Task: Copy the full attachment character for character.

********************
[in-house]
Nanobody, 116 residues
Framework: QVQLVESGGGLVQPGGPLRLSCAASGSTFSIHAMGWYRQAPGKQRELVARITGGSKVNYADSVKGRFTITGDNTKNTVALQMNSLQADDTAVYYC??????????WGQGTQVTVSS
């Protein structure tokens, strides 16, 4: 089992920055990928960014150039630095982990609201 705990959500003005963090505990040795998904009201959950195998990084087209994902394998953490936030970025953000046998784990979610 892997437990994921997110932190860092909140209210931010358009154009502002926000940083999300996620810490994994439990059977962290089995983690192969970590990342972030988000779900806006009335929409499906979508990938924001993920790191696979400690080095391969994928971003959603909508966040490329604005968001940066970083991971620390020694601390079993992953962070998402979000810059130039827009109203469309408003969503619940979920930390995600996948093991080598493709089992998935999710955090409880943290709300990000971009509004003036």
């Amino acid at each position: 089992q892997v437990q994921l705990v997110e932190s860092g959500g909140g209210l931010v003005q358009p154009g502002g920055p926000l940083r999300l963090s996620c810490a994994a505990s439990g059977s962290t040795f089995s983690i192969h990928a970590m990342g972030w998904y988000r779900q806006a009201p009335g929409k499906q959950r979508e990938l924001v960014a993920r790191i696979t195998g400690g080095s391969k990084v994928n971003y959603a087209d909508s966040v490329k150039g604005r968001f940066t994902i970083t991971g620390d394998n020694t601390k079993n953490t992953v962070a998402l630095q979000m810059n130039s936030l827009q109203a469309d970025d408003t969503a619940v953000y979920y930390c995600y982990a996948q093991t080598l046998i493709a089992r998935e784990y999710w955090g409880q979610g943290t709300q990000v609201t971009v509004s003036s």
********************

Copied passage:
[in-house]
Nanobody, 116 residues
Framework: QVQLVESGGGLVQPGGPLRLSCAASGSTFSIHAMGWYRQAPGKQRELVARITGGSKVNYADSVKGRFTITGDNTKNTVALQMNSLQADDTAVYYC??????????WGQGTQVTVSS
């Protein structure tokens, strides 16, 4: 089992920055990928960014150039630095982990609201 705990959500003005963090505990040795998904009201959950195998990084087209994902394998953490936030970025953000046998784990979610 892997437990994921997110932190860092909140209210931010358009154009502002926000940083999300996620810490994994439990059977962290089995983690192969970590990342972030988000779900806006009335929409499906979508990938924001993920790191696979400690080095391969994928971003959603909508966040490329604005968001940066970083991971620390020694601390079993992953962070998402979000810059130039827009109203469309408003969503619940979920930390995600996948093991080598493709089992998935999710955090409880943290709300990000971009509004003036």
């Amino acid at each position: 089992q892997v437990q994921l705990v997110e932190s860092g959500g909140g209210l931010v003005q358009p154009g502002g920055p926000l940083r999300l963090s996620c810490a994994a505990s439990g059977s962290t040795f089995s983690i192969h990928a970590m990342g972030w998904y988000r779900q806006a009201p009335g929409k499906q959950r979508e990938l924001v960014a993920r790191i696979t195998g400690g080095s391969k990084v994928n971003y959603a087209d909508s966040v490329k150039g604005r968001f940066t994902i970083t991971g620390d394998n020694t601390k079993n953490t992953v962070a998402l630095q979000m810059n130039s936030l827009q109203a469309d970025d408003t969503a619940v953000y979920y930390c995600y982990a996948q093991t080598l046998i493709a089992r998935e784990y999710w955090g409880q979610g943290t709300q990000v609201t971009v509004s003036s």